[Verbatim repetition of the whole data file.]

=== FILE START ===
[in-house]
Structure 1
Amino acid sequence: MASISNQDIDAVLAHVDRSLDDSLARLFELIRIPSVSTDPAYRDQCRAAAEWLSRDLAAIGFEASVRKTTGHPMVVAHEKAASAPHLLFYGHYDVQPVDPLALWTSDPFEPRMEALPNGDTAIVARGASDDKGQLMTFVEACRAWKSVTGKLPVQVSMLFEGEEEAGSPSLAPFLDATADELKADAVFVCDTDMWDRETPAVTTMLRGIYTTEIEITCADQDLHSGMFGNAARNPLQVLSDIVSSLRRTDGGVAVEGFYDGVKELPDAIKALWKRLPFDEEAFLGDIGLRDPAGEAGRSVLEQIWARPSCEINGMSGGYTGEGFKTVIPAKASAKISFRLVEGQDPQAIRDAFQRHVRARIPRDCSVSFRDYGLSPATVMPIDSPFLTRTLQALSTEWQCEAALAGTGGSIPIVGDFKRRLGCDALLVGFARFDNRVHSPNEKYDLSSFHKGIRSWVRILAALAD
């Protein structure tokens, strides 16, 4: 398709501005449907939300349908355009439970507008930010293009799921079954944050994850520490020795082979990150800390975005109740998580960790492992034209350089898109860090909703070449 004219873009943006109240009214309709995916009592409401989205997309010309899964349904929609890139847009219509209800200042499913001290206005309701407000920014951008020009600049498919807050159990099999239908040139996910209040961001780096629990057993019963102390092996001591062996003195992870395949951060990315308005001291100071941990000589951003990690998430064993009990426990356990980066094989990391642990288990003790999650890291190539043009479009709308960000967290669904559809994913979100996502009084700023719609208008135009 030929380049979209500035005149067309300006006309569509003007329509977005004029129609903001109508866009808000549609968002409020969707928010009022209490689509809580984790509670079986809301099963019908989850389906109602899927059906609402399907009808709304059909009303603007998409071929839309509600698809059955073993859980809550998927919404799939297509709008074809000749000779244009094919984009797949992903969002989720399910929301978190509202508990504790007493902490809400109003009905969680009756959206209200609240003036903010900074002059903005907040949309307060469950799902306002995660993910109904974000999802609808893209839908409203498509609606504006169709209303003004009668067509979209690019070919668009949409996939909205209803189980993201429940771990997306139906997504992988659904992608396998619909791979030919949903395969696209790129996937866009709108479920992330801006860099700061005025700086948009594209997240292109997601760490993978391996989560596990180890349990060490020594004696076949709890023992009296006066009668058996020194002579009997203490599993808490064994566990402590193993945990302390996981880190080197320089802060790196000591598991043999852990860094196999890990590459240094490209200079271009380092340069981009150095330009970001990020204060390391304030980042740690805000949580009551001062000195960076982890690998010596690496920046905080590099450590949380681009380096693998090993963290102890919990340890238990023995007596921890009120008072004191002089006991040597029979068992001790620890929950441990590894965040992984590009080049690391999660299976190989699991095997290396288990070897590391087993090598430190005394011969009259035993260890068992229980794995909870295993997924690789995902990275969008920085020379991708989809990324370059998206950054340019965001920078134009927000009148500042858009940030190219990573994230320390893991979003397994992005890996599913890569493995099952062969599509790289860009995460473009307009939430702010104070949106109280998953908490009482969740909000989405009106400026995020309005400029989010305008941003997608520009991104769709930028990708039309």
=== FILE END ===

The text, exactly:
[in-house]
Structure 1
Amino acid sequence: MASISNQDIDAVLAHVDRSLDDSLARLFELIRIPSVSTDPAYRDQCRAAAEWLSRDLAAIGFEASVRKTTGHPMVVAHEKAASAPHLLFYGHYDVQPVDPLALWTSDPFEPRMEALPNGDTAIVARGASDDKGQLMTFVEACRAWKSVTGKLPVQVSMLFEGEEEAGSPSLAPFLDATADELKADAVFVCDTDMWDRETPAVTTMLRGIYTTEIEITCADQDLHSGMFGNAARNPLQVLSDIVSSLRRTDGGVAVEGFYDGVKELPDAIKALWKRLPFDEEAFLGDIGLRDPAGEAGRSVLEQIWARPSCEINGMSGGYTGEGFKTVIPAKASAKISFRLVEGQDPQAIRDAFQRHVRARIPRDCSVSFRDYGLSPATVMPIDSPFLTRTLQALSTEWQCEAALAGTGGSIPIVGDFKRRLGCDALLVGFARFDNRVHSPNEKYDLSSFHKGIRSWVRILAALAD
């Protein structure tokens, strides 16, 4: 398709501005449907939300349908355009439970507008930010293009799921079954944050994850520490020795082979990150800390975005109740998580960790492992034209350089898109860090909703070449 004219873009943006109240009214309709995916009592409401989205997309010309899964349904929609890139847009219509209800200042499913001290206005309701407000920014951008020009600049498919807050159990099999239908040139996910209040961001780096629990057993019963102390092996001591062996003195992870395949951060990315308005001291100071941990000589951003990690998430064993009990426990356990980066094989990391642990288990003790999650890291190539043009479009709308960000967290669904559809994913979100996502009084700023719609208008135009 030929380049979209500035005149067309300006006309569509003007329509977005004029129609903001109508866009808000549609968002409020969707928010009022209490689509809580984790509670079986809301099963019908989850389906109602899927059906609402399907009808709304059909009303603007998409071929839309509600698809059955073993859980809550998927919404799939297509709008074809000749000779244009094919984009797949992903969002989720399910929301978190509202508990504790007493902490809400109003009905969680009756959206209200609240003036903010900074002059903005907040949309307060469950799902306002995660993910109904974000999802609808893209839908409203498509609606504006169709209303003004009668067509979209690019070919668009949409996939909205209803189980993201429940771990997306139906997504992988659904992608396998619909791979030919949903395969696209790129996937866009709108479920992330801006860099700061005025700086948009594209997240292109997601760490993978391996989560596990180890349990060490020594004696076949709890023992009296006066009668058996020194002579009997203490599993808490064994566990402590193993945990302390996981880190080197320089802060790196000591598991043999852990860094196999890990590459240094490209200079271009380092340069981009150095330009970001990020204060390391304030980042740690805000949580009551001062000195960076982890690998010596690496920046905080590099450590949380681009380096693998090993963290102890919990340890238990023995007596921890009120008072004191002089006991040597029979068992001790620890929950441990590894965040992984590009080049690391999660299976190989699991095997290396288990070897590391087993090598430190005394011969009259035993260890068992229980794995909870295993997924690789995902990275969008920085020379991708989809990324370059998206950054340019965001920078134009927000009148500042858009940030190219990573994230320390893991979003397994992005890996599913890569493995099952062969599509790289860009995460473009307009939430702010104070949106109280998953908490009482969740909000989405009106400026995020309005400029989010305008941003997608520009991104769709930028990708039309």